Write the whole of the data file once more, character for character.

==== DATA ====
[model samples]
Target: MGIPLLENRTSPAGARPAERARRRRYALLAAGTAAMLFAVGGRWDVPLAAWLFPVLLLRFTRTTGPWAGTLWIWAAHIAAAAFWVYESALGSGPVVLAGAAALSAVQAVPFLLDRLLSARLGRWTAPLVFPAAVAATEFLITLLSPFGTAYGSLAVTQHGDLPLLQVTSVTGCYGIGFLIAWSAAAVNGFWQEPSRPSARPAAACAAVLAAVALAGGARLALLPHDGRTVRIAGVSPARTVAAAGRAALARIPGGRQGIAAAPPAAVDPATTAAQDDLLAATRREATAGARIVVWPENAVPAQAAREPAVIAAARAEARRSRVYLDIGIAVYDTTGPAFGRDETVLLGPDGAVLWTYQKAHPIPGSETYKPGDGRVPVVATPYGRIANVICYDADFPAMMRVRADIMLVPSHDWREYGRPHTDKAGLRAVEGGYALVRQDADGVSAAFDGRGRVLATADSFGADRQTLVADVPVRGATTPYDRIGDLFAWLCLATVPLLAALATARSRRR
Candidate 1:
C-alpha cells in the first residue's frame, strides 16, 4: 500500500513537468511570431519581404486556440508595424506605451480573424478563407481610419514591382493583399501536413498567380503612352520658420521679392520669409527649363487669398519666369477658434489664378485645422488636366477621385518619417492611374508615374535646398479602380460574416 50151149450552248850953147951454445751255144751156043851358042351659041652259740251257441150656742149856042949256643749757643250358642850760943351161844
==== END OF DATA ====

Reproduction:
[model samples]
Target: MGIPLLENRTSPAGARPAERARRRRYALLAAGTAAMLFAVGGRWDVPLAAWLFPVLLLRFTRTTGPWAGTLWIWAAHIAAAAFWVYESALGSGPVVLAGAAALSAVQAVPFLLDRLLSARLGRWTAPLVFPAAVAATEFLITLLSPFGTAYGSLAVTQHGDLPLLQVTSVTGCYGIGFLIAWSAAAVNGFWQEPSRPSARPAAACAAVLAAVALAGGARLALLPHDGRTVRIAGVSPARTVAAAGRAALARIPGGRQGIAAAPPAAVDPATTAAQDDLLAATRREATAGARIVVWPENAVPAQAAREPAVIAAARAEARRSRVYLDIGIAVYDTTGPAFGRDETVLLGPDGAVLWTYQKAHPIPGSETYKPGDGRVPVVATPYGRIANVICYDADFPAMMRVRADIMLVPSHDWREYGRPHTDKAGLRAVEGGYALVRQDADGVSAAFDGRGRVLATADSFGADRQTLVADVPVRGATTPYDRIGDLFAWLCLATVPLLAALATARSRRR
Candidate 1:
C-alpha cells in the first residue's frame, strides 16, 4: 500500500513537468511570431519581404486556440508595424506605451480573424478563407481610419514591382493583399501536413498567380503612352520658420521679392520669409527649363487669398519666369477658434489664378485645422488636366477621385518619417492611374508615374535646398479602380460574416 50151149450552248850953147951454445751255144751156043851358042351659041652259740251257441150656742149856042949256643749757643250358642850760943351161844